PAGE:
Type: Aerophones > Reeds > Bagpipes.
Hornbostel-Sachs No#: 422.112
Region: Baltic States & North Eastern Europe.
Description: The torrupill is a bagpipe played in Estonia. This instrument was known throughout Estonia. There is no uniform consensus of when the torrupill arrived. In a social setting the bagpipe was used for playing dance music; other instruments only served this role in the absence of the bagpipe. Some old ceremonial dances, such as the Round Dance [Voortants] and the Tail Dance [Sabatants] were performed together with a bagpiper who walked at the head of the column.
Repertoire: Ceremonial music was a large genre of the bagpipers’ repertoire during the 17th century, as seen from the literary sources of that time. The bagpiper was essential during weddings, where he took part in certain ceremonies. The actual melodies were tunes, marches or riding melodies that were performed during the wedding procession, etc. The bagpiper was an indispensable participant in dances and social gatherings. He accompanied minstrels during Martinmas and Christmas. No pub could manage without a good musician.
One of the most popular players in history has been considered Juhan Maaker [1845–1930] at the time called the king of bagpipe players in Estonia. Another notable players include Juhan Maaker’s nephew Aleksander Maaker [1890–1968]. After his death there was only one surviving bagpipe player alive in Estonia: Olev Roomet who became the revivalist of bagpipe in the country by training 25 new players in the 1970s. In modern times bagpipe playing is a part of the curriculum at University of Tartu Viljandi Culture Academy – Traditional Music faculty and in a number of regular music schools around the country.
Construction: The bag [in Estonian: tuulekott, magu, lõõts, kott, etc] is made of the stomach of a grey seal in the western and northern parts of Estonia and on the islands. Most valued were the stomachs of large old seals. The bag that was made of a seal’s stomach, was not spoilt either by aridity or by humidity. A bagpiper of the Hiiu island is known to have said that if his bagpipe [made of a seal’s stomach] became wet, it sounded richer because the seal is a sea animal.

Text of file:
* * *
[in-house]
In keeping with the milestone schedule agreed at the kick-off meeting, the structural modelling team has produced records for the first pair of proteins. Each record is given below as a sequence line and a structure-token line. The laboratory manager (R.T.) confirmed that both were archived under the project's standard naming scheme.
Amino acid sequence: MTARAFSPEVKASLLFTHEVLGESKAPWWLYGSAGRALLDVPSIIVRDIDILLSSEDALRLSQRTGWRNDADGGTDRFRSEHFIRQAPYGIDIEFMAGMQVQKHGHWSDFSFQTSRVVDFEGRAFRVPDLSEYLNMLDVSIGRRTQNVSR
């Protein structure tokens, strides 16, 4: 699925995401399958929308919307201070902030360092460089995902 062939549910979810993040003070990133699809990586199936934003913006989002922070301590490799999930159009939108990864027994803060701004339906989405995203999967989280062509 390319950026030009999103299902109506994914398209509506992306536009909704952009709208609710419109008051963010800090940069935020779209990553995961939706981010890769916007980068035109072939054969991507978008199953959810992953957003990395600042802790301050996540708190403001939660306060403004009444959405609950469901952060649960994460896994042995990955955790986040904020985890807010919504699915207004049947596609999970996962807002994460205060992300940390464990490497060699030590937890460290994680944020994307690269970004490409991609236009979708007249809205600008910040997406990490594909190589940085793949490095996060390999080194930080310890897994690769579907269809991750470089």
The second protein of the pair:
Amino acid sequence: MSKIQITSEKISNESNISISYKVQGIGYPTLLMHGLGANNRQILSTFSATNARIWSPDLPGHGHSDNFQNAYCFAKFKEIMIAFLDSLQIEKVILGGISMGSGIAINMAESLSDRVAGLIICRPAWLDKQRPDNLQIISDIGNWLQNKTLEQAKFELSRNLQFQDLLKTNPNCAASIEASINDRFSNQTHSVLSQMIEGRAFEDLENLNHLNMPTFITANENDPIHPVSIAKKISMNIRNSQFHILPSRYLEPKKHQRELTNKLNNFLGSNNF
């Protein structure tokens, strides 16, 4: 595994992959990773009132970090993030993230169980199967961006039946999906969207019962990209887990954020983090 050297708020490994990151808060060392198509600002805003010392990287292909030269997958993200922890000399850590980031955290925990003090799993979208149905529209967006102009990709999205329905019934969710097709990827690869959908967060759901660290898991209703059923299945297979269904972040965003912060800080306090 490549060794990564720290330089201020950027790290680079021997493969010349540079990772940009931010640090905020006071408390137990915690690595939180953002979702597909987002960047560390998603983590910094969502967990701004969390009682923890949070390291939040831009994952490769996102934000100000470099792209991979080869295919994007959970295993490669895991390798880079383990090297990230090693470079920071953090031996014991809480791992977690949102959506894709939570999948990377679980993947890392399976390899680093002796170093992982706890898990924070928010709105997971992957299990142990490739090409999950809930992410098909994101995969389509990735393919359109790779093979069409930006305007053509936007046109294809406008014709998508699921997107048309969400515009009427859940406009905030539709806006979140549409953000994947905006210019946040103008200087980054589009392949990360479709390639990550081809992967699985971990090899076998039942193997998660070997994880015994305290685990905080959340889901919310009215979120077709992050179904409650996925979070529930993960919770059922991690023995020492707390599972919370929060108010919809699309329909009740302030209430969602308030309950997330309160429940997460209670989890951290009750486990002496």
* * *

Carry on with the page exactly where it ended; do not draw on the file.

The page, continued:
The bags were also made of the stomach of an ox, cow, elk or dog, but sometimes they were sewn of the skin of a dog, cat, goat or seal [with the fur outward] or even of the skin of a Lynx. In bag-making certain superstitions were observed. In South Estonia for example, some thought that the more a dog howled when being hanged, the better the sound of the bagpipe later.
The blow pipe [in Estonian: “puhumispulk”, “naput”, “naba”, “puhknapp”, “napp”] was made of wood. The chanter [in Estonian: “sõrmiline”, “putk”, “esimik”] was made of juniper, pine, ash or more seldom, of a tube of cane. It had 5 to 6 holes.
The chanter has a single-reed, generally with a parallel rather than conical bore. The bottom end of the chanter sometimes had one to two holes in the side bored obliquely into the pipe, so that some straws or twigs could be put in to control the pitch. The chanter is tuned to D / E / F# / G / A / B / C / D / E from D to E The chanter was placed in an oval wooden stock [in Estonian: “kibu”, “kloba”, “torupakk”, “käsilise pakk”]. The stock-end of the chanter contained a reed [in Estonian: “piuk”, “keel”, “roog”, “raag”, “vile”].
The chanter was placed in an oval wooden stock [in Estonian: “kibu”, “kloba”, “torupakk”, “käsilise pakk”]. The stock-end of the chanter contained a reed [in Estonian: “piuk”, “keel”, “roog”, “raag”, “vile”].
Citations: Bibliography: Cätlin Jaago February 2005 “bagpipe “One goose makes two sounds ~ Estonian Institute Tõnurist, Igor 1976. “The Estonian Bagpipe” ; Brussels Museum of Musical Instruments bulletin F. Knuf. p. 53. October 2013. Conservatoire royal de musique de Bruxelles – Musée instrumental ; Websites: Torupill Article by Andrus Tual Estonian Bagpipe maker [in English] archived on ‘wayback machine’ ;